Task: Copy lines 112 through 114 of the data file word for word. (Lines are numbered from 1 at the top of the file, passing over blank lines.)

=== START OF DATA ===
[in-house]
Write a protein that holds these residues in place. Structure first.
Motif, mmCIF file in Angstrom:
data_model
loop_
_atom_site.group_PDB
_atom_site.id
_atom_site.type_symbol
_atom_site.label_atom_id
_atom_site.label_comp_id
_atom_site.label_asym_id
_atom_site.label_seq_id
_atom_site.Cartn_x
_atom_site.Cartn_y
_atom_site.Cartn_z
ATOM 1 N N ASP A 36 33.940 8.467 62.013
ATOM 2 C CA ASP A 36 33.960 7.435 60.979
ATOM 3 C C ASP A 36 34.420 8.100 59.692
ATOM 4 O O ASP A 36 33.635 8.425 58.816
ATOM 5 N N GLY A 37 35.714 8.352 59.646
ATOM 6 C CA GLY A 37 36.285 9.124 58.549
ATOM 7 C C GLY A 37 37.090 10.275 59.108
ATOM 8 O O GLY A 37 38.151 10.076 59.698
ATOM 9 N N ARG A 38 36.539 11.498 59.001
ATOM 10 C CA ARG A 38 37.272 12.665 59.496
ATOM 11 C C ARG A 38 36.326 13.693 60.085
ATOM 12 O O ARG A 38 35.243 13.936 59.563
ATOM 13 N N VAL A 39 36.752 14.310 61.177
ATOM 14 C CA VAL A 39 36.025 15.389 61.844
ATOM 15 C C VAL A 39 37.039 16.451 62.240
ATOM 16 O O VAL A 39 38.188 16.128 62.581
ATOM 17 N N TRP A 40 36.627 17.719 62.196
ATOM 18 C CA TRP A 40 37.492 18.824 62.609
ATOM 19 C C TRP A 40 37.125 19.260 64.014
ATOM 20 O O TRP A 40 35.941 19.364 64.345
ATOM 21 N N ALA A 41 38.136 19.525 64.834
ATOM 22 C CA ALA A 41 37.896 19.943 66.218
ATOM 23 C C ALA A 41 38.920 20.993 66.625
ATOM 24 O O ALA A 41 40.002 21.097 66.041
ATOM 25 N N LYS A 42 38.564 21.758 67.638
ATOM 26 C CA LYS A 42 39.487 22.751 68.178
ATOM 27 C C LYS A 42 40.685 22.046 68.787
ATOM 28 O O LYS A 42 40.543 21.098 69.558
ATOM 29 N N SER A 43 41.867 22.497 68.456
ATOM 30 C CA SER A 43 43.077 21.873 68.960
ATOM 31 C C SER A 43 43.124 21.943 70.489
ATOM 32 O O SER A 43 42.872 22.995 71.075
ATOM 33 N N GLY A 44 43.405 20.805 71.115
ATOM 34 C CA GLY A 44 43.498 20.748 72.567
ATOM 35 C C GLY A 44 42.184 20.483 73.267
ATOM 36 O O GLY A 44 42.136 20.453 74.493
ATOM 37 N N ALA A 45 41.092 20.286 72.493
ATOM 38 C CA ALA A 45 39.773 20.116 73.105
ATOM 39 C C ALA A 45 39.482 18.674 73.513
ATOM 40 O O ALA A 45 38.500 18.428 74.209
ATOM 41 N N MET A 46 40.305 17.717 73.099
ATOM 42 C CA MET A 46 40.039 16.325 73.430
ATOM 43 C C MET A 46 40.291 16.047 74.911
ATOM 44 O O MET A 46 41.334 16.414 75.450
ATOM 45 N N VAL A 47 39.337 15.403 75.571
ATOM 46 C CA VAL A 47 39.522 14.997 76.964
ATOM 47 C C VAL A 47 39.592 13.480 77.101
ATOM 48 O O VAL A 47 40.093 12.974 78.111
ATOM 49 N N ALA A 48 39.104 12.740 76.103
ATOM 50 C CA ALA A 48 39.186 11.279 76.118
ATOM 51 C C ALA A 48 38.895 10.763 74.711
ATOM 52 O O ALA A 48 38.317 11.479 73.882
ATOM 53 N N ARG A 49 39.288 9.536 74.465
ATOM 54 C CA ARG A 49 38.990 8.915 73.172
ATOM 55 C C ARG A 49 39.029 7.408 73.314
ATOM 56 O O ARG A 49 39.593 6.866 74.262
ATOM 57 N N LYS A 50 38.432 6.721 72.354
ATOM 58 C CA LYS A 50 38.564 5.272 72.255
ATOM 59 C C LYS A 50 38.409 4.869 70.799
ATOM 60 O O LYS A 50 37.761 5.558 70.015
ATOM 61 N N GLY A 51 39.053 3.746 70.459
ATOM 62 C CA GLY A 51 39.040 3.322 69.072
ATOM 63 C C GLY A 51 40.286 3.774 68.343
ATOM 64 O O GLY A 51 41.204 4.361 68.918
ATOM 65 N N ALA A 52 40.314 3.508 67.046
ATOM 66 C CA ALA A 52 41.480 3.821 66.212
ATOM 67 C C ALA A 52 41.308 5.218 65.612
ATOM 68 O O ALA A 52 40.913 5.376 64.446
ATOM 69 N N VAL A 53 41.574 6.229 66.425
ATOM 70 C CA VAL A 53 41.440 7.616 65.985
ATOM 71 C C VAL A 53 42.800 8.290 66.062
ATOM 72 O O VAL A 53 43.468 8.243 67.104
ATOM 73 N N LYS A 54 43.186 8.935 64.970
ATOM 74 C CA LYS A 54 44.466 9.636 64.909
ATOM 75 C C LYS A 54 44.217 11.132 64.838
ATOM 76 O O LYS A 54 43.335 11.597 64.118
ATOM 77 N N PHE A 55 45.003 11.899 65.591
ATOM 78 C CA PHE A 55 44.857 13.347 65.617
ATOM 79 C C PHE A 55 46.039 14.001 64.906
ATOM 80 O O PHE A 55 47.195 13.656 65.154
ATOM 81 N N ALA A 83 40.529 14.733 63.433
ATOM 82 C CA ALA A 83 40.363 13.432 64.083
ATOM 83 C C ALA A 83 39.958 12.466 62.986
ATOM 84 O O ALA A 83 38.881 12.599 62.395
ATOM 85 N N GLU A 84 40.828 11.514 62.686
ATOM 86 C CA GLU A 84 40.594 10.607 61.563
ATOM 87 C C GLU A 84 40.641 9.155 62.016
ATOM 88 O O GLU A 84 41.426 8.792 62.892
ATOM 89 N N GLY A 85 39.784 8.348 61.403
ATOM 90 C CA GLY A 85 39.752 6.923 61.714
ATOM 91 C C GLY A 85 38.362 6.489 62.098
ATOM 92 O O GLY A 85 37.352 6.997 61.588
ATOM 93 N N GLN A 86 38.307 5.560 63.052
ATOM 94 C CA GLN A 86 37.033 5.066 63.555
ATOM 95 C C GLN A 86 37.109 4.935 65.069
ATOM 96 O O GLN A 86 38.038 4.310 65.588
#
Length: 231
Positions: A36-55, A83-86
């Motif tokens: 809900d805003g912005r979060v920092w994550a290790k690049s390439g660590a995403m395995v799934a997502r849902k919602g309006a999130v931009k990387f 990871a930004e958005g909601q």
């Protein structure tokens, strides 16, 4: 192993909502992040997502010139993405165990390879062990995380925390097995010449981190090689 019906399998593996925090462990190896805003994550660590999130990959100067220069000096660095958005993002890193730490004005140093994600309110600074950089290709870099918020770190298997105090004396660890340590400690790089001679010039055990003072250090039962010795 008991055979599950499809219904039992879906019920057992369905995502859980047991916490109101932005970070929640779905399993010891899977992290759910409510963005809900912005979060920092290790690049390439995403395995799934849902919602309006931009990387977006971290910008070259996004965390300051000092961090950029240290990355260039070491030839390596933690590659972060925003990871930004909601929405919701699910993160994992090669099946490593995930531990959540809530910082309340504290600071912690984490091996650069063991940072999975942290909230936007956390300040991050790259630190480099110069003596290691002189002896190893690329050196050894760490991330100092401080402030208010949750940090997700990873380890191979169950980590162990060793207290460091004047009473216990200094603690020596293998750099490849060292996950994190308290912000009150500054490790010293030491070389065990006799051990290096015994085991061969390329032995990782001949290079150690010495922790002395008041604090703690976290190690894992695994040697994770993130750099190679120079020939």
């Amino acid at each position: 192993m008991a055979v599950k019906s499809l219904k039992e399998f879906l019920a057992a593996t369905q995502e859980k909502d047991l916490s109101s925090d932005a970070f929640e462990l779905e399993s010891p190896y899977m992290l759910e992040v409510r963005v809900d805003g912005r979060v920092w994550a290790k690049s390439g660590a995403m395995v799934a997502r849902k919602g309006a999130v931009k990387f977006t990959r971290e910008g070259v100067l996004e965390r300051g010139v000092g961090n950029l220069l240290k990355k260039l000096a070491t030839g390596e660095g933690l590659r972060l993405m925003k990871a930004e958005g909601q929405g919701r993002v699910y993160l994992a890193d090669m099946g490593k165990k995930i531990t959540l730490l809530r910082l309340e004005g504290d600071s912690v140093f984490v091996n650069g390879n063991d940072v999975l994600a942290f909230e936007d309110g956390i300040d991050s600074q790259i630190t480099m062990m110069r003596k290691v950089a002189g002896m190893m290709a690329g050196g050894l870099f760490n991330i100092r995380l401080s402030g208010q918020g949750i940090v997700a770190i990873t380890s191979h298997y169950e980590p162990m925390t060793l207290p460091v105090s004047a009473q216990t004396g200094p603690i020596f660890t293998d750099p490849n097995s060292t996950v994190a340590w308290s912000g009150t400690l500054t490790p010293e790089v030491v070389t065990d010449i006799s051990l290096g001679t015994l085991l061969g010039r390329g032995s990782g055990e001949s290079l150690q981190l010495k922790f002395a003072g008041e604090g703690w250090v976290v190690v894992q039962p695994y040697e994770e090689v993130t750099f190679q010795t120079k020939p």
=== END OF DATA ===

#
Length: 231
Positions: A36-55, A83-86